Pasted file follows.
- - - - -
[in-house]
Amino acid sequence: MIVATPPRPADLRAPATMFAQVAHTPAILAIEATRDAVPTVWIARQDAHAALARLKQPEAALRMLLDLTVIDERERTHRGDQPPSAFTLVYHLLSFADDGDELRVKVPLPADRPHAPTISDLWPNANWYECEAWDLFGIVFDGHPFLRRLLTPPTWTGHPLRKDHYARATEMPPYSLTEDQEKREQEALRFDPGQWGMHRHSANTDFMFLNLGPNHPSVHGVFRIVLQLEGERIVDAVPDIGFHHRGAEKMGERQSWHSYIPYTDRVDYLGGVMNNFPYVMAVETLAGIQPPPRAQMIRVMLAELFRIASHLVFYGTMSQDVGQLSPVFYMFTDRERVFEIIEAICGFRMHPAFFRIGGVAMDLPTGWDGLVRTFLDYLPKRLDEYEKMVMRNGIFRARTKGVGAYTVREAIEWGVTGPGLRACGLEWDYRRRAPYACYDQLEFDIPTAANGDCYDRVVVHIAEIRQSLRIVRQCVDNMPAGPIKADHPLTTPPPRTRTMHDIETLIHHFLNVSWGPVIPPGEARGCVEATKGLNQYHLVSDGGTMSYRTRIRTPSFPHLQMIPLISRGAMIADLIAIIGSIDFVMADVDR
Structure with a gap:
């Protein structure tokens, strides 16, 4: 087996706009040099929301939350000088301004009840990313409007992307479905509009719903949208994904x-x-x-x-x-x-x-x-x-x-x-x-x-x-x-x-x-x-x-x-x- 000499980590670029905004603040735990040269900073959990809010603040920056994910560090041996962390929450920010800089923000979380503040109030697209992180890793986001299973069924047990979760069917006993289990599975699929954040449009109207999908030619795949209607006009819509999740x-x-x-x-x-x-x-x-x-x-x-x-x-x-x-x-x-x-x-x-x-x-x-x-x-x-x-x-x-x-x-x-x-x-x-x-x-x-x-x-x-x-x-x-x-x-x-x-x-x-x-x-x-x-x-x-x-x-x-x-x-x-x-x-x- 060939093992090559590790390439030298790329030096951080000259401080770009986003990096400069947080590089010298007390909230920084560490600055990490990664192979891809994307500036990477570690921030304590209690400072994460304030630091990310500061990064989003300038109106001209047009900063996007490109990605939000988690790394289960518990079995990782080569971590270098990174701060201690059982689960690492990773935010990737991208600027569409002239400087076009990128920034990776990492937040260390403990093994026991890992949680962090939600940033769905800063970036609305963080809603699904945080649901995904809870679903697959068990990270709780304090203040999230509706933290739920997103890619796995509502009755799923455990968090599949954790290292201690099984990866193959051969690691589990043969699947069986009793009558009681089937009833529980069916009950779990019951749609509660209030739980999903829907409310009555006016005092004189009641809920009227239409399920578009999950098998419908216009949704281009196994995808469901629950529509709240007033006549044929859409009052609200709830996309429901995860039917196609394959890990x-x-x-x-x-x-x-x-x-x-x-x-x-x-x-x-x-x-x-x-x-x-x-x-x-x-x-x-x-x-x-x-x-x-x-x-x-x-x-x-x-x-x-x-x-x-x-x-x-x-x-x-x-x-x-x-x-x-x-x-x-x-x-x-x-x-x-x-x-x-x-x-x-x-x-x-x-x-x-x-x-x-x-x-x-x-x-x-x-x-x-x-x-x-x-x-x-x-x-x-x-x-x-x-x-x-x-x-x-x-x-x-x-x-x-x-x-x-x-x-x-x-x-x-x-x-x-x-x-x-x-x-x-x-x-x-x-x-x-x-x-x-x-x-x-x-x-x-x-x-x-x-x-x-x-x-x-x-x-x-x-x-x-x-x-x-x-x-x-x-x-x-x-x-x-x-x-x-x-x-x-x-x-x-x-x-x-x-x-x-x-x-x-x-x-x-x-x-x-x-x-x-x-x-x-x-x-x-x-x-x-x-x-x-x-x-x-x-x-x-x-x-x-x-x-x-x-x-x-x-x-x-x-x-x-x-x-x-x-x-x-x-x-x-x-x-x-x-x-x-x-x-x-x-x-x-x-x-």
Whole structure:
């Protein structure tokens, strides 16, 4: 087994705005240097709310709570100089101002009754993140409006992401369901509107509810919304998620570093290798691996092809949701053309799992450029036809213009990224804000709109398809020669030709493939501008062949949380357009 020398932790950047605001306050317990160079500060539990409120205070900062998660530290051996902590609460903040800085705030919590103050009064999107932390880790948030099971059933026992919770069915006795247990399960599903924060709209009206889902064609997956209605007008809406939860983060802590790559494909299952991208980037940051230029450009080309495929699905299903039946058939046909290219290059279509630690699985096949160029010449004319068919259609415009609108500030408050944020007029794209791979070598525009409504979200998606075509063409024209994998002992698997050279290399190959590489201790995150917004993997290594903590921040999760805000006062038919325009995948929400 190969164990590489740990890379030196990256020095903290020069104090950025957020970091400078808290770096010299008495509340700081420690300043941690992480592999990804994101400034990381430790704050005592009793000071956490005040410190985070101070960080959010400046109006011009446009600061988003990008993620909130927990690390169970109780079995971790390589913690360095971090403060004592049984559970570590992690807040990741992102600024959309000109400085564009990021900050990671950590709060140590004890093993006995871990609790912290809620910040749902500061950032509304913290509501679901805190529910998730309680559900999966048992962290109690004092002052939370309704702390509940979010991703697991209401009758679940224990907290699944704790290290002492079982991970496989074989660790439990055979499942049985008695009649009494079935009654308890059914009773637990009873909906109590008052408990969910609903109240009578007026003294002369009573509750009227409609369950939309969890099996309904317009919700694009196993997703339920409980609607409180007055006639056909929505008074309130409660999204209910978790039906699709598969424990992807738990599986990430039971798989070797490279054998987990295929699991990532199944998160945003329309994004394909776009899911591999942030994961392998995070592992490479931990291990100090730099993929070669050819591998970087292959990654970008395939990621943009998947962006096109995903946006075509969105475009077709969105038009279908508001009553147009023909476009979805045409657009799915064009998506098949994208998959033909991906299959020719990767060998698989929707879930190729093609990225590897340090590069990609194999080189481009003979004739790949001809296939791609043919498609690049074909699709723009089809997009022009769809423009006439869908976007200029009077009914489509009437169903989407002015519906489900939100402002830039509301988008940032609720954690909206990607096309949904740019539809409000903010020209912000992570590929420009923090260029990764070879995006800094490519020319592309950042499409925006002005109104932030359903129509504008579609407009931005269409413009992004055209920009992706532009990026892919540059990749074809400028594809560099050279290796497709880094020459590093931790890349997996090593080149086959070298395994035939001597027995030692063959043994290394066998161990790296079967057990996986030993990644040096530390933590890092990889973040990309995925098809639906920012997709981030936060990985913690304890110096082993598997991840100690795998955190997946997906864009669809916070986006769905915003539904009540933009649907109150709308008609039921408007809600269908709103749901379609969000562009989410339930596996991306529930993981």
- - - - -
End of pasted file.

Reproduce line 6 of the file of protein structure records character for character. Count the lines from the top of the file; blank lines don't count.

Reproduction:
């Protein structure tokens, strides 16, 4: 087994705005240097709310709570100089101002009754993140409006992401369901509107509810919304998620570093290798691996092809949701053309799992450029036809213009990224804000709109398809020669030709493939501008062949949380357009 020398932790950047605001306050317990160079500060539990409120205070900062998660530290051996902590609460903040800085705030919590103050009064999107932390880790948030099971059933026992919770069915006795247990399960599903924060709209009206889902064609997956209605007008809406939860983060802590790559494909299952991208980037940051230029450009080309495929699905299903039946058939046909290219290059279509630690699985096949160029010449004319068919259609415009609108500030408050944020007029794209791979070598525009409504979200998606075509063409024209994998002992698997050279290399190959590489201790995150917004993997290594903590921040999760805000006062038919325009995948929400 190969164990590489740990890379030196990256020095903290020069104090950025957020970091400078808290770096010299008495509340700081420690300043941690992480592999990804994101400034990381430790704050005592009793000071956490005040410190985070101070960080959010400046109006011009446009600061988003990008993620909130927990690390169970109780079995971790390589913690360095971090403060004592049984559970570590992690807040990741992102600024959309000109400085564009990021900050990671950590709060140590004890093993006995871990609790912290809620910040749902500061950032509304913290509501679901805190529910998730309680559900999966048992962290109690004092002052939370309704702390509940979010991703697991209401009758679940224990907290699944704790290290002492079982991970496989074989660790439990055979499942049985008695009649009494079935009654308890059914009773637990009873909906109590008052408990969910609903109240009578007026003294002369009573509750009227409609369950939309969890099996309904317009919700694009196993997703339920409980609607409180007055006639056909929505008074309130409660999204209910978790039906699709598969424990992807738990599986990430039971798989070797490279054998987990295929699991990532199944998160945003329309994004394909776009899911591999942030994961392998995070592992490479931990291990100090730099993929070669050819591998970087292959990654970008395939990621943009998947962006096109995903946006075509969105475009077709969105038009279908508001009553147009023909476009979805045409657009799915064009998506098949994208998959033909991906299959020719990767060998698989929707879930190729093609990225590897340090590069990609194999080189481009003979004739790949001809296939791609043919498609690049074909699709723009089809997009022009769809423009006439869908976007200029009077009914489509009437169903989407002015519906489900939100402002830039509301988008940032609720954690909206990607096309949904740019539809409000903010020209912000992570590929420009923090260029990764070879995006800094490519020319592309950042499409925006002005109104932030359903129509504008579609407009931005269409413009992004055209920009992706532009990026892919540059990749074809400028594809560099050279290796497709880094020459590093931790890349997996090593080149086959070298395994035939001597027995030692063959043994290394066998161990790296079967057990996986030993990644040096530390933590890092990889973040990309995925098809639906920012997709981030936060990985913690304890110096082993598997991840100690795998955190997946997906864009669809916070986006769905915003539904009540933009649907109150709308008609039921408007809600269908709103749901379609969000562009989410339930596996991306529930993981």